| Colonel By Lake - Cataraqui River
When French headed south from Jones Falls in 1873, he continued down the White Fish River, through what is today Morton Bay, and to Lower Beverley Lake. The Cataraqui Flood Plain was dry land, an ash tree forest at the northern end (today’s Whitefish Lake), it wasn’t navigable by boat. However, today’s boaters float over the Cataraqui Flood Plain, flooded to a depth of about 17 feet (5.2 m) with the building of canal dams at Upper Brewers and Morton. At the southern end of this section, the Round Tail marks the location of the original channel of the Cataraqui River, which is 1783 had its headwaters in Loughborough Lake and pre-canal Dog Lake. Aboriginals travelling from Cataraqui (Kingston) would head up the meandering Cataraqui River to Loughborough Lake and then continue to Opinicon Lake via either Hart Lake or Lower Rock Lake.
The most extensive flooding of the Cataraqui River occurs in the area of Colonel By Lake and the River Styx. The dam at Kingston Mills raised the water 26 feet (7.9 m) in that location, flooding the Cataraqui River up to Lower Brewers lockstation. As previously noted, the author participated in a detailed survey of Colonel By Lake with an M.Sc. student from McMaster University, Lisa Sonnenburg and her thesis advisor, Dr. Joe Boyce. This work revealed the channel of the Cataraqui River as it existed prior to flooding, first by the mill dam erected at the King’s Mills in 1784, and then by the canal dam and embankments built in 1827-1831.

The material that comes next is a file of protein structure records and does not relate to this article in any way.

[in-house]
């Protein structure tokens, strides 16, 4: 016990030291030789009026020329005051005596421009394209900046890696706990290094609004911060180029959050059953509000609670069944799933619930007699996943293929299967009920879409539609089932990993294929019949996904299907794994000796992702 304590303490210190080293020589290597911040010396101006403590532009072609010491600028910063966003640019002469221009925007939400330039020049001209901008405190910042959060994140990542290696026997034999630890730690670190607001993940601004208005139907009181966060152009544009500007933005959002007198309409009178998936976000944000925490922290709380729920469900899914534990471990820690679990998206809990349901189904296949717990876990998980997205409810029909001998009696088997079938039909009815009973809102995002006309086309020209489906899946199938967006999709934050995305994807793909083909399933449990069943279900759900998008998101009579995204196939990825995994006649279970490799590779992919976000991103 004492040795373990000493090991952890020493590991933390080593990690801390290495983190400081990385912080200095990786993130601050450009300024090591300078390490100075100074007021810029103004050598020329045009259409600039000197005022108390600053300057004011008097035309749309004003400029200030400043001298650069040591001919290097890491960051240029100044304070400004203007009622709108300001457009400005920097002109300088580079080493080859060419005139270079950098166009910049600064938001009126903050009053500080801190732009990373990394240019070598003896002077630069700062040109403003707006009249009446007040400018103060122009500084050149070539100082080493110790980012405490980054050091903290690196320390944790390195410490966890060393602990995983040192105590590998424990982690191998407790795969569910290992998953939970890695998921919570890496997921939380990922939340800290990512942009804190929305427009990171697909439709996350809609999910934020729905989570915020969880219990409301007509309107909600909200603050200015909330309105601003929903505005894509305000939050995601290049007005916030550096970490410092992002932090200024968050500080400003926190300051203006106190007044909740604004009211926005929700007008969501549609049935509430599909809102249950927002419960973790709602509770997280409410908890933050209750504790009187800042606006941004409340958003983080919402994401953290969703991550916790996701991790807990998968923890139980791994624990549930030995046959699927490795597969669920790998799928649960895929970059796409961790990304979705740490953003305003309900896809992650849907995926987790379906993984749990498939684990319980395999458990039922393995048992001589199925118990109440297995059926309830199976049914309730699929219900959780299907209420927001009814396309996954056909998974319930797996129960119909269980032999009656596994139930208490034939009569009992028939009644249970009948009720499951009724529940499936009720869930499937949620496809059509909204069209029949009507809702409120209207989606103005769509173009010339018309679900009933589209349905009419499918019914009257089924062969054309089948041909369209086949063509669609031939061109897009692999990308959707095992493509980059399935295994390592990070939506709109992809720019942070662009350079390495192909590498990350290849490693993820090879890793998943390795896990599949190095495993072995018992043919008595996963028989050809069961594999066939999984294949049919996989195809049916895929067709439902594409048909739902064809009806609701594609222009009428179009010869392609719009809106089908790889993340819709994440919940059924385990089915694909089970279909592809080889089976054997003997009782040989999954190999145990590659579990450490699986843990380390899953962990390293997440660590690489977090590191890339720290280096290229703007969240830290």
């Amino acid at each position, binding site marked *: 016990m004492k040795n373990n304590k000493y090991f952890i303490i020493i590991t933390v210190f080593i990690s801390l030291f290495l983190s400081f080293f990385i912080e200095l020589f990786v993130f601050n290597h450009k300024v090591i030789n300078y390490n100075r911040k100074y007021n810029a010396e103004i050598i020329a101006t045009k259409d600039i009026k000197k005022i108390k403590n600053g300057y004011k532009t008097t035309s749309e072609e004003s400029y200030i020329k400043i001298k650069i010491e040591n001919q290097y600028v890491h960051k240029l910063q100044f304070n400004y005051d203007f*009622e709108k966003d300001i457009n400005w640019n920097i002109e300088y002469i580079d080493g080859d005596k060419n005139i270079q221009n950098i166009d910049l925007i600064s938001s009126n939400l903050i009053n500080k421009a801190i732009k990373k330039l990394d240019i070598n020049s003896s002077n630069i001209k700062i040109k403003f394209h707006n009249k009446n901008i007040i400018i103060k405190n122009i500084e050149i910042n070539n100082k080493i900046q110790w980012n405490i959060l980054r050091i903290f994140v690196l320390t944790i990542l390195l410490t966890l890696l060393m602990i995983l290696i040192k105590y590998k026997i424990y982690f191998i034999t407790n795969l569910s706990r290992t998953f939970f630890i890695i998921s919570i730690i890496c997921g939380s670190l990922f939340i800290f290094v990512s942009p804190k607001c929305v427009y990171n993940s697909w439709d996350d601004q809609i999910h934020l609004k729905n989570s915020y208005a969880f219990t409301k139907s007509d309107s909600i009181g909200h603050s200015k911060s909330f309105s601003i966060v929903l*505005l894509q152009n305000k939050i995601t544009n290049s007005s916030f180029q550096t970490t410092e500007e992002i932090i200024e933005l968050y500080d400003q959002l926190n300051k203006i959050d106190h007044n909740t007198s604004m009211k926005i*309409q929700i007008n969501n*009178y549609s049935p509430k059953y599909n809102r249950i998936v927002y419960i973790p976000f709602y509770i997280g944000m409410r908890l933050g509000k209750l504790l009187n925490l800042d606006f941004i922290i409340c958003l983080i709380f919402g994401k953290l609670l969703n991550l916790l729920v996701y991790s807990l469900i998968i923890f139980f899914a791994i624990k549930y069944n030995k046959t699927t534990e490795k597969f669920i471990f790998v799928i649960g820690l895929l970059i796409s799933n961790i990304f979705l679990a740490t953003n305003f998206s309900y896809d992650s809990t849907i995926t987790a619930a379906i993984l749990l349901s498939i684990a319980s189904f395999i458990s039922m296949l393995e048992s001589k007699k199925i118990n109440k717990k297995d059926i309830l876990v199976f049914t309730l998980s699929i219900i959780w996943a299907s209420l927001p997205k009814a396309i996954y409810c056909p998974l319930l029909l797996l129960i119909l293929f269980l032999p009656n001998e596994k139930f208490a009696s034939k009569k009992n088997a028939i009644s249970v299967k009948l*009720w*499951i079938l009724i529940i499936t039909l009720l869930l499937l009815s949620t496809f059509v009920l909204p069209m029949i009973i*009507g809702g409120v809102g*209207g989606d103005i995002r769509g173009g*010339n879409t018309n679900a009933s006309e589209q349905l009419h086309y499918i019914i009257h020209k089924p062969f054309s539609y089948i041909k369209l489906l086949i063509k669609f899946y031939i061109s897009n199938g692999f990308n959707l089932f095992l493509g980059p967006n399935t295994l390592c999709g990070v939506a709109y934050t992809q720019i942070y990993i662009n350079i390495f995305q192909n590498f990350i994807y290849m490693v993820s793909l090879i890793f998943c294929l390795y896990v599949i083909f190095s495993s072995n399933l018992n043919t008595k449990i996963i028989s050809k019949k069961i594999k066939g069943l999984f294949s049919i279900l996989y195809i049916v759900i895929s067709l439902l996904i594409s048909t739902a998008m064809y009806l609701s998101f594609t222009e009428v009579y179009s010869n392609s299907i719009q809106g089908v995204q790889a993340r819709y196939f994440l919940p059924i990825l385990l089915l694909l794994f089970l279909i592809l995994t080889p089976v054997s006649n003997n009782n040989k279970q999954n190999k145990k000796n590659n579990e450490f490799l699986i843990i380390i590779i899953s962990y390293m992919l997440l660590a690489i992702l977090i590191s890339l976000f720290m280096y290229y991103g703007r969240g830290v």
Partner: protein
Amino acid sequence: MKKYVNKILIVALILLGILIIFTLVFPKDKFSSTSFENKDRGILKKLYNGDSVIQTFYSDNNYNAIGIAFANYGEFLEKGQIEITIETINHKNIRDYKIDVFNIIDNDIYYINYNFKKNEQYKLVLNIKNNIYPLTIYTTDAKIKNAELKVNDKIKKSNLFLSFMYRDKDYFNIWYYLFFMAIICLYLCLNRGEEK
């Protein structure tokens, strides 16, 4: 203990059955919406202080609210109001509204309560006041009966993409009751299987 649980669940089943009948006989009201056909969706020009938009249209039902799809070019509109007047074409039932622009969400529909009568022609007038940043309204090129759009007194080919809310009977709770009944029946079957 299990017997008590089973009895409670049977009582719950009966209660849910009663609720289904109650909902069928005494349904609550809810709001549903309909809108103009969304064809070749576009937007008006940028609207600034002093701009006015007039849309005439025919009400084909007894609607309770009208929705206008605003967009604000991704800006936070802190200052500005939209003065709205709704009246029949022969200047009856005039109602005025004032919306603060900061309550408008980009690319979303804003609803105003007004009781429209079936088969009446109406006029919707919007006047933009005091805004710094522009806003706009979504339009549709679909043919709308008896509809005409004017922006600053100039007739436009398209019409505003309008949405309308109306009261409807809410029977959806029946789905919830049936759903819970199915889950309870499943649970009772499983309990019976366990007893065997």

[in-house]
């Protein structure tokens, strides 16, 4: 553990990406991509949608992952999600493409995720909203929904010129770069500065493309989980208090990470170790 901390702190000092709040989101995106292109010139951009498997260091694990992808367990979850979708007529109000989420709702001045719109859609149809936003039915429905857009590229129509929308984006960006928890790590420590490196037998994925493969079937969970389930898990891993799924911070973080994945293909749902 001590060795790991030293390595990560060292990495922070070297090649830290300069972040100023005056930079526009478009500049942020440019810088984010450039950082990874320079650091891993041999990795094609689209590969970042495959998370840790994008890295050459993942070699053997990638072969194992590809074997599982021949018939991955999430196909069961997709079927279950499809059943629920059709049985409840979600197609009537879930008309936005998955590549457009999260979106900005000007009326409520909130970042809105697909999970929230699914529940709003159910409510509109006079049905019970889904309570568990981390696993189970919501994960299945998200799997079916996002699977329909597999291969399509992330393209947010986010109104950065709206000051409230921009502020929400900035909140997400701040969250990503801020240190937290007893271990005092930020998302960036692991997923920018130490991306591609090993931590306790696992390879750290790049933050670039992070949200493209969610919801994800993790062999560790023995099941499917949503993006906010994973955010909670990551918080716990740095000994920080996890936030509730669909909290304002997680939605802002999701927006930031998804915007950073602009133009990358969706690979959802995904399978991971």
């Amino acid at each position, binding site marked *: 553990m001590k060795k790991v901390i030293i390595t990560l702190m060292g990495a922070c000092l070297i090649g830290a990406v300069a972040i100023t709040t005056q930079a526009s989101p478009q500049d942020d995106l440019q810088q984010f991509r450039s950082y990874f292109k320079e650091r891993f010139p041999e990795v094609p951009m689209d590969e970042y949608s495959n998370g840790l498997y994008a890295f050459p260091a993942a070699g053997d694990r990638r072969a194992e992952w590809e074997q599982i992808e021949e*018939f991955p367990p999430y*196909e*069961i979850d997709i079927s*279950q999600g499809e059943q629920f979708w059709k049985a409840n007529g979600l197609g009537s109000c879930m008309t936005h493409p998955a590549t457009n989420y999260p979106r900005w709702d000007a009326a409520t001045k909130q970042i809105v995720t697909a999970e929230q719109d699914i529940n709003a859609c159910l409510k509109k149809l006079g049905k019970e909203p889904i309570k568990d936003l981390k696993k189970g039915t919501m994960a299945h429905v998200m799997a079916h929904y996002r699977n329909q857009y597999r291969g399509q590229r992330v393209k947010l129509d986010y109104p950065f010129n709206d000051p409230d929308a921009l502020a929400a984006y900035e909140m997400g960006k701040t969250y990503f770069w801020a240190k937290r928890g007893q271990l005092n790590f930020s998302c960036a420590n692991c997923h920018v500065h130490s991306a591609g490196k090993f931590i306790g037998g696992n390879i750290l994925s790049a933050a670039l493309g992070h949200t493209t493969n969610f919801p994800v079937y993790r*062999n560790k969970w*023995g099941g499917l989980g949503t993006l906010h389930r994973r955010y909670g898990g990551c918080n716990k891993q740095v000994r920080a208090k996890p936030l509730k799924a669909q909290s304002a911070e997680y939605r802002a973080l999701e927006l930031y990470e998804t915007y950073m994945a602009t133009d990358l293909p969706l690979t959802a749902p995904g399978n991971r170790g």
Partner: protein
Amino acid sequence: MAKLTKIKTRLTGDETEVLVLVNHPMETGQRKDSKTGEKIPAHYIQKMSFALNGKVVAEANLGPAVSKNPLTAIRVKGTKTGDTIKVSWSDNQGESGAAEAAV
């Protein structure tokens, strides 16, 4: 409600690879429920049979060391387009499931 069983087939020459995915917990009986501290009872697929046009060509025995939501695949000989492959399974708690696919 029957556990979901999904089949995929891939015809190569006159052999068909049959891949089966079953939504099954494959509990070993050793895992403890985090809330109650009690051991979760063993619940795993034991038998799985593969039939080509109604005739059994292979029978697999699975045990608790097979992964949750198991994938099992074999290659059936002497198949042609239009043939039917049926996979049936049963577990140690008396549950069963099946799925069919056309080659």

The Cataraqui River was a meandering creek, winding its way across a valley floor consisting of forest and some flood marshes. When the canal was built, a swath of trees on either side of the proposed navigation channel was cut – the rest of the forest was left standing and simply drowned when the canal dams were raised. The bathymetric work has revealed the exact location of the Cataraqui River just prior to flooding and the side scan sonar work has revealed hundreds of deadfall logs and still standing timber.
One of the reasons for this work was to help locate potential archaeological sites such as native campsites and early settler’s cabins, all now under water.
|Colonel By Lake Bathymetry
The bathymetry (depth readings) of Colonel By Lake clearly shows the drowned channel of the Cataraqui River, now under 26 feet (7.9 m) of water. The actual trace of the creek compares well to John Burrows’ circa 1828 map of the creek. The outer line on the map is the present day outline of Colonel By Lake. The bathymetry is from an M.Sc. thesis completed by Lisa Sonnenburg in 2006. Burrows’ map is a section from: “Plan of the Cataraqui Creek from Brewers Lower Mill To Kingston Mills Scaled and Laid Down by Order and under the Command of Lt. Coln. By Commanding Royal Engineer Rideau Canal” by John Burrows, n.d. [c.1828], National Archives of Canada, NMC 13203.